IPART proposes congestion charge for NSW

By: Jason Whittaker


The NSW Government may abolish vehicle weight taxes and replace them with user charges following a review into the State’s

The NSW Government may abolish vehicle weight taxes and replace them with user charges following a review into the State’s tax system.

The Independent Pricing and Regulatory Tribunal (IPART) today released its taxation review.

It says while motor vehicle taxes may be a good indication of the wear and tear vehicles do to the State’s roads, they fail to take into account how often heavier vehicles are used.

IPART called on the Government to look at a road user charge system after other transport policies have been resolved.

The report says this may also include mandating congestion charges in order to reduce the number of vehicles on the State’s roads.

Insurance taxes may also be overhauled, with IPART criticising stamp duties for third party as well as general insurance.

"In the short term, the stamp duty exemption for third party motor vehicle personal injury insurance should be abolished and that the standard rate of stamp duty for general insurance (Type A) be reduced from nine percent to six percent," the report says.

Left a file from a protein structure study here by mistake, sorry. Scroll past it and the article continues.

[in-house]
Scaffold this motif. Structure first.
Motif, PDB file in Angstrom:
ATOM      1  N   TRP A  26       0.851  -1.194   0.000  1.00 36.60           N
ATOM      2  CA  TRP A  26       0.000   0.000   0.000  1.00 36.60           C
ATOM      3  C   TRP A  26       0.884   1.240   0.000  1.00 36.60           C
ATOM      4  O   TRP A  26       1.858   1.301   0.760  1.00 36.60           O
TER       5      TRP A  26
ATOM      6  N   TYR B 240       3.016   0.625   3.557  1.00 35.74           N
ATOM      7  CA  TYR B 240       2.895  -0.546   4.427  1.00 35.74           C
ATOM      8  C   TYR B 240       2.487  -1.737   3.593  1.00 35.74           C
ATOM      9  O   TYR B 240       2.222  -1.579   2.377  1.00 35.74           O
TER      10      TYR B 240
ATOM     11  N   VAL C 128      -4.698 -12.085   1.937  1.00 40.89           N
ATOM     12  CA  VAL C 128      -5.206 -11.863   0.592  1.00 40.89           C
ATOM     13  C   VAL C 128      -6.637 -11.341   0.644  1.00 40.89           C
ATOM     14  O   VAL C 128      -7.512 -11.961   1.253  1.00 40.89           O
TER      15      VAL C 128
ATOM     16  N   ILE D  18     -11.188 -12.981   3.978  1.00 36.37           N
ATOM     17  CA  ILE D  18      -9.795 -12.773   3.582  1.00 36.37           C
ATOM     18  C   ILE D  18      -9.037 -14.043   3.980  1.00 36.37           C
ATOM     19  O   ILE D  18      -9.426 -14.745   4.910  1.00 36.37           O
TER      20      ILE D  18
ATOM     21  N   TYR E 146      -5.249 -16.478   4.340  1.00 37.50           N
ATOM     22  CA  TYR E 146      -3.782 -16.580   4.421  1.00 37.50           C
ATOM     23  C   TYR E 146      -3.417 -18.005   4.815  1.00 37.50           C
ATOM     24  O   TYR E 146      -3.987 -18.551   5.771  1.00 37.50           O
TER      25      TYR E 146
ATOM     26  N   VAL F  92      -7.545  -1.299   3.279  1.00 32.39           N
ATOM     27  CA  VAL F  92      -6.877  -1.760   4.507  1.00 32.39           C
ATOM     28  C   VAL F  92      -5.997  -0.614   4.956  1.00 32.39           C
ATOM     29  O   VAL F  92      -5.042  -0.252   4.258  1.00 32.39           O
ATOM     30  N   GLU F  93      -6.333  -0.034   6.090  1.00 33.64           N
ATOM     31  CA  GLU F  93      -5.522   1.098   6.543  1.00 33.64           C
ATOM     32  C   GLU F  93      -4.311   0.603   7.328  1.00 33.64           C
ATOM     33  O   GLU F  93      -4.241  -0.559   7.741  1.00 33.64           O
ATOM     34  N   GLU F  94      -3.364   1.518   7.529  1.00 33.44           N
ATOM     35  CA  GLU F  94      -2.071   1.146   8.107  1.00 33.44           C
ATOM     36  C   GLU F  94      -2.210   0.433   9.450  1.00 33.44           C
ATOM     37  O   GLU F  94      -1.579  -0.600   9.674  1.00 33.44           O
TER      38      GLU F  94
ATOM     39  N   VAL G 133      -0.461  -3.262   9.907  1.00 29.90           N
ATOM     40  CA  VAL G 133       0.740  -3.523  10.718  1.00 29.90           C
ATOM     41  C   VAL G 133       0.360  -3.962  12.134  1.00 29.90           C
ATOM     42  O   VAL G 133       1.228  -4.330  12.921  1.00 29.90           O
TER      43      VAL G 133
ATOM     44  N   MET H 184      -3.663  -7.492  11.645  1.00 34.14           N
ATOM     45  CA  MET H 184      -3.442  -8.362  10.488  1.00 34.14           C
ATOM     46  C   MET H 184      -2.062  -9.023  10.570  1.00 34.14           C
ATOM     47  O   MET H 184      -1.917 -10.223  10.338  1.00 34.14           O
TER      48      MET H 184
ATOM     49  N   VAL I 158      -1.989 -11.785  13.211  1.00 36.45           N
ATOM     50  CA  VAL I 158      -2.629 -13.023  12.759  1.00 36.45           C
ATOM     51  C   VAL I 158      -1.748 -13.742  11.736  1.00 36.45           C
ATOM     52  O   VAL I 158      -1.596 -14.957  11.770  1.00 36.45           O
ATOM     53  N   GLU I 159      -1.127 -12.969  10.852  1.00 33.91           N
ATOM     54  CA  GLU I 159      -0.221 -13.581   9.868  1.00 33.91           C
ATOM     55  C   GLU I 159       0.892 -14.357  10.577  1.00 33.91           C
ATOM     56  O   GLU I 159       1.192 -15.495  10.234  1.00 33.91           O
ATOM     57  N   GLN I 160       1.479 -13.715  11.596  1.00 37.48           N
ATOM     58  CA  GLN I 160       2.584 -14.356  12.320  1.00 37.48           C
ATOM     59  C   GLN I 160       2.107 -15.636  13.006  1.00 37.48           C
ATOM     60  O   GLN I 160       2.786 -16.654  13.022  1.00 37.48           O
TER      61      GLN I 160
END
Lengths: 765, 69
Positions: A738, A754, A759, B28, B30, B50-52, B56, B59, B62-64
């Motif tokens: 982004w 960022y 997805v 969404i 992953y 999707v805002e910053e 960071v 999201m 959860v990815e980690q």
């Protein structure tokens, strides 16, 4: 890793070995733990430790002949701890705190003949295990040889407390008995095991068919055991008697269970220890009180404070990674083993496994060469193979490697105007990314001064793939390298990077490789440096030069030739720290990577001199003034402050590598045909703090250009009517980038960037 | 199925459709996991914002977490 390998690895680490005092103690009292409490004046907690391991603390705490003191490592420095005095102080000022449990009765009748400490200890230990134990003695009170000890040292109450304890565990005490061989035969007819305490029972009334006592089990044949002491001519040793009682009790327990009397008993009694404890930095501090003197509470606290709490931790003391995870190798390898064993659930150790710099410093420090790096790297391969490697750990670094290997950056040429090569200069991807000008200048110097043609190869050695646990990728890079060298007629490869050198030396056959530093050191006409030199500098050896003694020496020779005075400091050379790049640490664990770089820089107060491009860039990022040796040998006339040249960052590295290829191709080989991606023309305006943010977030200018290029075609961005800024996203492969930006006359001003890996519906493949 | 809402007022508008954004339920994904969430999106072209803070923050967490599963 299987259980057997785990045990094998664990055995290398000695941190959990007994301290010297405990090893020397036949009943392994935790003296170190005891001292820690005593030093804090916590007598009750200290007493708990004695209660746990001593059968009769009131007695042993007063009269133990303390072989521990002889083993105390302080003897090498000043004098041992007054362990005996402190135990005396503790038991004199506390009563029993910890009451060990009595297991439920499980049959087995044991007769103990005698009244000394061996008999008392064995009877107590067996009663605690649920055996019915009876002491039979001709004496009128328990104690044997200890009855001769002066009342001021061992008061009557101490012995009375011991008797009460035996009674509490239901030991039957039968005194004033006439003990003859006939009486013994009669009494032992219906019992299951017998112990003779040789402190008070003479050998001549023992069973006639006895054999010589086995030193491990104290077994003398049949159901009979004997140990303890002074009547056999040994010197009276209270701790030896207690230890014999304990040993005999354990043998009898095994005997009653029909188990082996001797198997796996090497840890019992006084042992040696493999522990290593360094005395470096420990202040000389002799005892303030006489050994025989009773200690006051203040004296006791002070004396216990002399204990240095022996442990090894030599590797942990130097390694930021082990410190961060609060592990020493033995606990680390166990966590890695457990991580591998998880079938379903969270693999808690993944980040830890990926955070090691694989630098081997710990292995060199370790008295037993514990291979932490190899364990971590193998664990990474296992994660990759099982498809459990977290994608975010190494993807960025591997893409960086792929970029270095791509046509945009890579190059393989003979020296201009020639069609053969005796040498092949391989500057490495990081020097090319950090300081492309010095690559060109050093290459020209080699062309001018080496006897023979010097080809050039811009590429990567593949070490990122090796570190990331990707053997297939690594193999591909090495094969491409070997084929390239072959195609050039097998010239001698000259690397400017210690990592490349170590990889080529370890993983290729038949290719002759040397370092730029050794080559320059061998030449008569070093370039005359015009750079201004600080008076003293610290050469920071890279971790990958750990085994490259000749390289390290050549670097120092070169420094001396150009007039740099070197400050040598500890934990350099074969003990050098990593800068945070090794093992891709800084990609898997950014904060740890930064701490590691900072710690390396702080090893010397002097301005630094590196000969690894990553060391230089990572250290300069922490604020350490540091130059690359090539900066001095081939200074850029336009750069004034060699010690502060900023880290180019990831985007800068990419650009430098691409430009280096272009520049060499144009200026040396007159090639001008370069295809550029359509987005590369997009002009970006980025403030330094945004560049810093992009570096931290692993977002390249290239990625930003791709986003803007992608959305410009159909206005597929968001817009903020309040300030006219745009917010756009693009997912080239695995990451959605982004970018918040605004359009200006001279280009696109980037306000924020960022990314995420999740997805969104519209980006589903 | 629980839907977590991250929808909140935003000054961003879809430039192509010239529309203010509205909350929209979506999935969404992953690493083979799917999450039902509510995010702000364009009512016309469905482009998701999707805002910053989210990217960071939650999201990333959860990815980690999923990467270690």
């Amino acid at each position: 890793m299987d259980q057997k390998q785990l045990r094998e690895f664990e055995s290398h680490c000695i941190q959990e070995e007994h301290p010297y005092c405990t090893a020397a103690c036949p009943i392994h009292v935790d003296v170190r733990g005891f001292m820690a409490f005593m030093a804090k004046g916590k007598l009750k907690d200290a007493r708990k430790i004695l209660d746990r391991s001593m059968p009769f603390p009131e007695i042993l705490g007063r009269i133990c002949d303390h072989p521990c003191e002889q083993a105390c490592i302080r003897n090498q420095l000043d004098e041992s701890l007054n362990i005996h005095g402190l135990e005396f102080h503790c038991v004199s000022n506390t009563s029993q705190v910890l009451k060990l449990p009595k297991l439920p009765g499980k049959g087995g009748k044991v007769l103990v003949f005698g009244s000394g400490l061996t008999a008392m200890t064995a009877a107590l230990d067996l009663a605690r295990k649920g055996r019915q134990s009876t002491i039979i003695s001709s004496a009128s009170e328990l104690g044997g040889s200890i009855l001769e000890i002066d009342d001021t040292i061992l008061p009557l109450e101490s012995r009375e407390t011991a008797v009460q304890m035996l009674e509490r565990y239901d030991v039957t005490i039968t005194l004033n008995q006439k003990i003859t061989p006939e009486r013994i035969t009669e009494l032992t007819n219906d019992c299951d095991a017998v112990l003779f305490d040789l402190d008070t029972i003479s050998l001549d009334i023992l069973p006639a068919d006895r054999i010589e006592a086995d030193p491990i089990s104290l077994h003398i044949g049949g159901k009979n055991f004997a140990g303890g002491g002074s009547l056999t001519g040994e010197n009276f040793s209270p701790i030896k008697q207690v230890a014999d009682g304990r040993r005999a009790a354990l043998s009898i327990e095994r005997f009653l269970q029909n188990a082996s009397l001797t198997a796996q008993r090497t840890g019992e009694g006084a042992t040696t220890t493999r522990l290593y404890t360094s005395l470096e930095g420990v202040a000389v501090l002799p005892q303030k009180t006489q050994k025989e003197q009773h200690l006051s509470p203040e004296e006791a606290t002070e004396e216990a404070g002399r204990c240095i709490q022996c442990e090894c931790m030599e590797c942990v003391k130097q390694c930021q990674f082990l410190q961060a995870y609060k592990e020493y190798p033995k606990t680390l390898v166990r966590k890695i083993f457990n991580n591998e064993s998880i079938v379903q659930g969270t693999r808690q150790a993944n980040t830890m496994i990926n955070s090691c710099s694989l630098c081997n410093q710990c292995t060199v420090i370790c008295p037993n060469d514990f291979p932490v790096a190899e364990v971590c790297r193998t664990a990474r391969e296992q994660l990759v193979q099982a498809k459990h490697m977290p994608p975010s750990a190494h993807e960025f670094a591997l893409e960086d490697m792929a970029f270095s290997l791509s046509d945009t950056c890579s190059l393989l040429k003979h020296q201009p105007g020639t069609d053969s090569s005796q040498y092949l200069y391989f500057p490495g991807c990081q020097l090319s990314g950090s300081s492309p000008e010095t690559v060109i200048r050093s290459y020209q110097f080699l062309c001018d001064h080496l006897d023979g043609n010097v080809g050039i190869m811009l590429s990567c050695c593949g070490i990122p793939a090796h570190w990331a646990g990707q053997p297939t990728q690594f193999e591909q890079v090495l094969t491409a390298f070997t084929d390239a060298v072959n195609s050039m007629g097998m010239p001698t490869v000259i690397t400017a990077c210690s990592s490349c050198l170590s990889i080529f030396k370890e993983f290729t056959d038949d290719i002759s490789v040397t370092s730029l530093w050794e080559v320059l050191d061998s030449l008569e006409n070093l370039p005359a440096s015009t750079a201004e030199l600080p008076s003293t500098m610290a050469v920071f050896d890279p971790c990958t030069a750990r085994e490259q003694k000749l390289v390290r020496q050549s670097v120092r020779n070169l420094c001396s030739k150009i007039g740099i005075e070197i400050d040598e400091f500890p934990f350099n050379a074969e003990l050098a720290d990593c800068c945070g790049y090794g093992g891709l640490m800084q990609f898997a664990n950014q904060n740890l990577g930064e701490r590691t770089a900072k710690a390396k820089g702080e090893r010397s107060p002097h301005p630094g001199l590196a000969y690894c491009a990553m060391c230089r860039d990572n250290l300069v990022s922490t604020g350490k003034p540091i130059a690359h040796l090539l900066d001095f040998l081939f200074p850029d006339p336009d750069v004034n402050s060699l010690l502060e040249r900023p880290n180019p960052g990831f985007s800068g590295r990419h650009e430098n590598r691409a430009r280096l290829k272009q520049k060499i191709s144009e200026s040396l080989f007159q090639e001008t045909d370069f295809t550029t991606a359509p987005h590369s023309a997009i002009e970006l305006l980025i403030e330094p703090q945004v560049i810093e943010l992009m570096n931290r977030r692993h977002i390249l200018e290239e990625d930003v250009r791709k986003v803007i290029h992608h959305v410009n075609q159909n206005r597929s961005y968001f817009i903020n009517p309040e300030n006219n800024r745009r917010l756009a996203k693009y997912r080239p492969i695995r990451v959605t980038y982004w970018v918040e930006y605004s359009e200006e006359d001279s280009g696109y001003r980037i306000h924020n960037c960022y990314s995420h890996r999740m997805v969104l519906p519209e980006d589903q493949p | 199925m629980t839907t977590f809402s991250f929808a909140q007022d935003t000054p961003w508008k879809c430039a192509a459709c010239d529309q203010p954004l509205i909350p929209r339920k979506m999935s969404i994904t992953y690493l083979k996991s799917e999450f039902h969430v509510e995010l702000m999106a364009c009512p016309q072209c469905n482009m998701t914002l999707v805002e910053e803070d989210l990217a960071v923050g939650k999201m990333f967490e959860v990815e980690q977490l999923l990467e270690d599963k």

The review also advocated replacing vehicle registration duty with a revenue-neutral annual charge.

According to IPART, the current system "acts as a disincentive for individuals and businesses to buy newer, more environmentally friendly vehicles, and to replace their vehicles with more suitable ones as their needs and circumstances change".

The tribunal’s review into the tax system found the State’s total tax revenue is lower than other states based per capita and as a proportion of Gross State Product (GSP).

The report says the system is inefficient when compared with the Federal Government as it relies on a wider range of taxes more narrowly based.

Greens spokeswoman on transport Lee Rhiannon says the Government needs to implement a congestion charge but added it will only be successful if more funds are poured into public transport initiatives.

Unless more is invested in the rail and bus networks, Rhiannon says there will be insufficient services to cater to the number of people changing from cars to public transport.

Rhiannon is advocating the UK model be used, saying "the London experience has shown how congestion charges can work successfully".

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